Was there anything really more to it other than trying to make boat loads of cash and be the envy of my friends and aquaintances?  I did enjoy imparting the wisdom that I had built up over the years on this blog, but that followed the same curve as my successes and failures in the game.  Short bursts of enthusiasm followed by long periods of inactivity.

So then came along short stacking.  I had dabbled with it several times in the past and always with great initial success followed by stretches of laborious conveyor belt type dissatisfaction and apathy.  I would sit down and play and fill my mind with anything at all that would take my mind off the game and make my day go by quicker.  This is just too easy, I thought.

But then at some point in the not so distant past, everything changed across my mental landscape and sliced through all my boredom and discontent.  It was called the Broken Window Theory.  It was a concept that I learned about in Malcolm Gladwell's masterpiece The Tipping Point.  Rather than give a brief description and risk cheapening the experience, I ask all of you to pick it up and just read it.  It opened my eyes to not just everything that seemed wrong with poker, but every single thing I once believed was warped or missing from my life.  Incidentally, I had also stumbled into a book called The Power of Less by Leo Babauta.  Though I never ever got through much of the book, Babauta quickly showed me the fatal flaw of pathological multi-tasking and how that stunts our growth and actually causes us to complete less projects and do so in an utterly forgettable fashion.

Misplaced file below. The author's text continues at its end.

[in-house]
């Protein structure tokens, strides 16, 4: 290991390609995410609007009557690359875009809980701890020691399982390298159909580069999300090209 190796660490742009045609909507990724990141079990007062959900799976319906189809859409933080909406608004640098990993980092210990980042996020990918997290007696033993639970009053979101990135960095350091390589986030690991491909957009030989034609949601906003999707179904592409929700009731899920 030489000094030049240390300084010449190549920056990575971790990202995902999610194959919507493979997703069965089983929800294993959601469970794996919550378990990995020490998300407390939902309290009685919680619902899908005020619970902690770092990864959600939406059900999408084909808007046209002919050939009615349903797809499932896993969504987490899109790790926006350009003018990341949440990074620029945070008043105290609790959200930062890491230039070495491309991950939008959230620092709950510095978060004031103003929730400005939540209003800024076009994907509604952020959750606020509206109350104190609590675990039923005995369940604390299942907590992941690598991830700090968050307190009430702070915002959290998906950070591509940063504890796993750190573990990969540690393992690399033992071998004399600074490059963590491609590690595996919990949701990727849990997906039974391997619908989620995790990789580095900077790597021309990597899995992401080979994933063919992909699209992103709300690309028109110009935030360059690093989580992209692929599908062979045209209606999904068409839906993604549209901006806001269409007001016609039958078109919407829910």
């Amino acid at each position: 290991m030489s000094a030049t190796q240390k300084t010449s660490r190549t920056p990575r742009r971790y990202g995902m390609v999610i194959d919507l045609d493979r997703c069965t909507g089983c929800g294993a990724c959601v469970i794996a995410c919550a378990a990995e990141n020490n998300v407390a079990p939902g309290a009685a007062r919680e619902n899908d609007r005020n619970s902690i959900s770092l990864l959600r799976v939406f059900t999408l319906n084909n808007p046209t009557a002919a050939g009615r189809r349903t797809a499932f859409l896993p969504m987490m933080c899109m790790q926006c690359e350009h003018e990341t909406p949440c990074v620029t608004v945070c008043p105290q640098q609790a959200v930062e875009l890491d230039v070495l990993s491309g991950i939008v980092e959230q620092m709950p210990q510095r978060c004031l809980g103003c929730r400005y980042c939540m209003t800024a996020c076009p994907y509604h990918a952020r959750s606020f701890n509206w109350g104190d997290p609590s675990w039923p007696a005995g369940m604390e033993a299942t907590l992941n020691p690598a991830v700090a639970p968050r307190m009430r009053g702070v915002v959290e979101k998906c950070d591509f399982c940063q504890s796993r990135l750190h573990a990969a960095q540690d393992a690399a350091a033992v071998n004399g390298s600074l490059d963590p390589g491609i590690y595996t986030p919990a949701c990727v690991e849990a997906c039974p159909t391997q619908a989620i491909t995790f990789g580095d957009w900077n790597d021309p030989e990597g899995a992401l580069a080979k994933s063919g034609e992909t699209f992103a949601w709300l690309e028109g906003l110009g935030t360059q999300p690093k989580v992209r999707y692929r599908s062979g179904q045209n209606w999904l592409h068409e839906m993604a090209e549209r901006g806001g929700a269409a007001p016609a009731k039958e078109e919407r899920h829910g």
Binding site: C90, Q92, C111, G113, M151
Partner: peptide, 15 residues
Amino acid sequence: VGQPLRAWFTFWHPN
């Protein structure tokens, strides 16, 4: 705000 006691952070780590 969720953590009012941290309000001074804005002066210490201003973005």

All of a sudden everything just clicked.  I started focusing on small expenditures and turning off the lights in rooms that were not in use, buying store brands, etc, and found that this level of thriftiness worked its way right up the ladder.  I started eating healthier, which gave me more energy and clarity of thought.  I started playing better, more focused poker, making more money which led to longer sessions.  You see, I tend to eat bad when I am bored or depressed.  By staying busy with poker, I was able to fire up quick healthy meals and easily wait till the next one, all the while enjoying the focused fruits of my efforts with high mental acuity.